Bernardini, F, Galizi, R ORCID: https://orcid.org/0000-0003-3134-7480, Menichelli, M, Papathanos, P-A, Dritsou, V, Marois, E, Crisanti, A and Windbichler, N (2014) Site-specific genetic engineering of the Anopheles gambiae Y chromosome. PROCEEDINGS OF THE NATIONAL ACADEMY OF SCIENCES OF THE UNITED STATES OF AMERICA, 111 (21). 7600 - 7605.

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Abstract

Despite its function in sex determination and its role in driving genome evolution, the Y chromosome remains poorly understood in most species. Y chromosomes are gene-poor, repeat-rich and largely heterochromatic and therefore represent a difficult target for genetic engineering. The Y chromosome of the human malaria vector Anopheles gambiae appears to be involved in sex determination although very little is known about both its structure and function. Here, we characterize a transgenic strain of this mosquito species, obtained by transposon-mediated integration of a transgene construct onto the Y chromosome. Using meganuclease-induced homologous repair we introduce a site-specific recombination signal onto the Y chromosome and show that the resulting docking line can be used for secondary integration. To demonstrate its utility, we study the activity of a germ-line-specific promoter when located on the Y chromosome. We also show that Y-linked fluorescent transgenes allow automated sex separation of this important vector species, providing the means to generate large single-sex populations. Our findings will aid studies of sex chromosome function and enable the development of male-exclusive genetic traits for vector control.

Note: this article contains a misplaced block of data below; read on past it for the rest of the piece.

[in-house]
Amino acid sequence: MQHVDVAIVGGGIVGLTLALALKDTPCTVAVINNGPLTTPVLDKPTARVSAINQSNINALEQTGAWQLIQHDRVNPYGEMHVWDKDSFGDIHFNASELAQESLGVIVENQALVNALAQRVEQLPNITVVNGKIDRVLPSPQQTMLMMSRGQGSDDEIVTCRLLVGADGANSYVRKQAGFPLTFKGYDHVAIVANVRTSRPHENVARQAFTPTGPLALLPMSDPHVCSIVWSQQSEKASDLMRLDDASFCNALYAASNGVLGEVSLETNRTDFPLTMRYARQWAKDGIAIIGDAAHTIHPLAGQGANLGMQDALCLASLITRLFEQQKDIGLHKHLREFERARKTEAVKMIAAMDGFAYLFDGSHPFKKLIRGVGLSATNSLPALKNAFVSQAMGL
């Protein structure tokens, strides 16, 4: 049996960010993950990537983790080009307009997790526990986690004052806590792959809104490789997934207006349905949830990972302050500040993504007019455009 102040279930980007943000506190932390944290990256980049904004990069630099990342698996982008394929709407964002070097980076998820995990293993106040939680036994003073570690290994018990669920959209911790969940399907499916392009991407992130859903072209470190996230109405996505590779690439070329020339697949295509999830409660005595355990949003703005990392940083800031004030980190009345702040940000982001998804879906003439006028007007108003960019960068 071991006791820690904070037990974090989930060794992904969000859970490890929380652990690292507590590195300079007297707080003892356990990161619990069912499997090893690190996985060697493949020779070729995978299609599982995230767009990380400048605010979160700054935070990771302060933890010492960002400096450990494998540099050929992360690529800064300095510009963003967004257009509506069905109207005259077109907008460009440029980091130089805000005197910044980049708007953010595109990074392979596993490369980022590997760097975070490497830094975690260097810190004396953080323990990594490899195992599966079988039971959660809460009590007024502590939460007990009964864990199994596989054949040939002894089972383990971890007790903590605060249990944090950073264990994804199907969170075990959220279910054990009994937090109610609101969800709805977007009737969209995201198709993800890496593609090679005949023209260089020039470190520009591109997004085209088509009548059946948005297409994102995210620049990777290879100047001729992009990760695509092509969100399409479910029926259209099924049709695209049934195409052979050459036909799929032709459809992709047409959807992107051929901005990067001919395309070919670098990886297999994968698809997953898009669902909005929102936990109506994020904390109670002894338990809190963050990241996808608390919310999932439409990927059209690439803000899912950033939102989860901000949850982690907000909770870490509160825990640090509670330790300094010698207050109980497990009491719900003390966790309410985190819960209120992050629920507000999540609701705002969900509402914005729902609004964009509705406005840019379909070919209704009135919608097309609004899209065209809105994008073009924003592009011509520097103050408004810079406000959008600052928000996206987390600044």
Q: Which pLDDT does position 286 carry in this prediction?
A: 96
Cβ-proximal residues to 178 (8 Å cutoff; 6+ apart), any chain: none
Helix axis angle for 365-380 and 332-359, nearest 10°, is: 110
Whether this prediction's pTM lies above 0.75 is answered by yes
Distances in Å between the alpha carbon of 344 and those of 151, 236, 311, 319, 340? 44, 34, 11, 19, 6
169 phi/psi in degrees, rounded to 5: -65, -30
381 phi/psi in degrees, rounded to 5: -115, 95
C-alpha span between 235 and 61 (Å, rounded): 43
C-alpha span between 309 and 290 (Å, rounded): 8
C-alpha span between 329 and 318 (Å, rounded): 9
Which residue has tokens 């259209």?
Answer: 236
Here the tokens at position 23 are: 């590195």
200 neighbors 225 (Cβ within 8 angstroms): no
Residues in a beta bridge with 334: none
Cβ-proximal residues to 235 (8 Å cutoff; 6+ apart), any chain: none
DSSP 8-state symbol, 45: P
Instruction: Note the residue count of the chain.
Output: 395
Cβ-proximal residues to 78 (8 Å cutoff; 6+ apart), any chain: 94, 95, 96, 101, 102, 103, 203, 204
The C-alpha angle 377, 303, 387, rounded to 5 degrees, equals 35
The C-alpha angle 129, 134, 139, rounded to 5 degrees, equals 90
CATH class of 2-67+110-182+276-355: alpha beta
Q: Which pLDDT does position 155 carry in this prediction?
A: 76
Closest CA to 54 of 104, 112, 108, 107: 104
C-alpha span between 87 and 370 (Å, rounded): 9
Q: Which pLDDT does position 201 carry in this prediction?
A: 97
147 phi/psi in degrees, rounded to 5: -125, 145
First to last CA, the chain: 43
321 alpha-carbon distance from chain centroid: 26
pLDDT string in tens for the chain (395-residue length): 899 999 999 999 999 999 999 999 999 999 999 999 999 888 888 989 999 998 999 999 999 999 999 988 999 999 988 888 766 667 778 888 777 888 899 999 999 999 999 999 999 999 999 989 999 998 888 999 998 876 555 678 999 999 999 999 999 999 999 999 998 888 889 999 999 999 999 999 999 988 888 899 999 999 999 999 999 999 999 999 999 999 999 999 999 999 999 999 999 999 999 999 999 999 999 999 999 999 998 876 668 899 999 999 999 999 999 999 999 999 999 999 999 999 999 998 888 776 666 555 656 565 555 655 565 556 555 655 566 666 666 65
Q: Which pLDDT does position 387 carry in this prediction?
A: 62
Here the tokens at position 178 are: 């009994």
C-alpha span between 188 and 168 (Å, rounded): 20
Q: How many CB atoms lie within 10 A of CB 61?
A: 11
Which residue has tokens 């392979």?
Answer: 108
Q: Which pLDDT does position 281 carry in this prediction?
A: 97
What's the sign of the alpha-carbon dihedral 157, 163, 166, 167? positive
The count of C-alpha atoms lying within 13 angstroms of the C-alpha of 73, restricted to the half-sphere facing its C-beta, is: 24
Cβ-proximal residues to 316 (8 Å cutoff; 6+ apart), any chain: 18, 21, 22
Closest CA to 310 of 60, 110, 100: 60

Item Type: Article
Additional Information: Copyright & Usage: Freely available online through the PNAS open access option.
Uncontrolled Keywords: Site-specific, genetic, engineering, anopheles gambiae, y chromosome
Subjects: Q Science > Q Science (General)
Q Science > QH Natural history > QH426 Genetics
Divisions: Faculty of Natural Sciences > School of Life Sciences
Related URLs:
Depositing User: Symplectic
Date Deposited: 16 Jan 2020 10:10
Last Modified: 16 Jan 2020 10:10
URI: https://eprints.keele.ac.uk/id/eprint/7507

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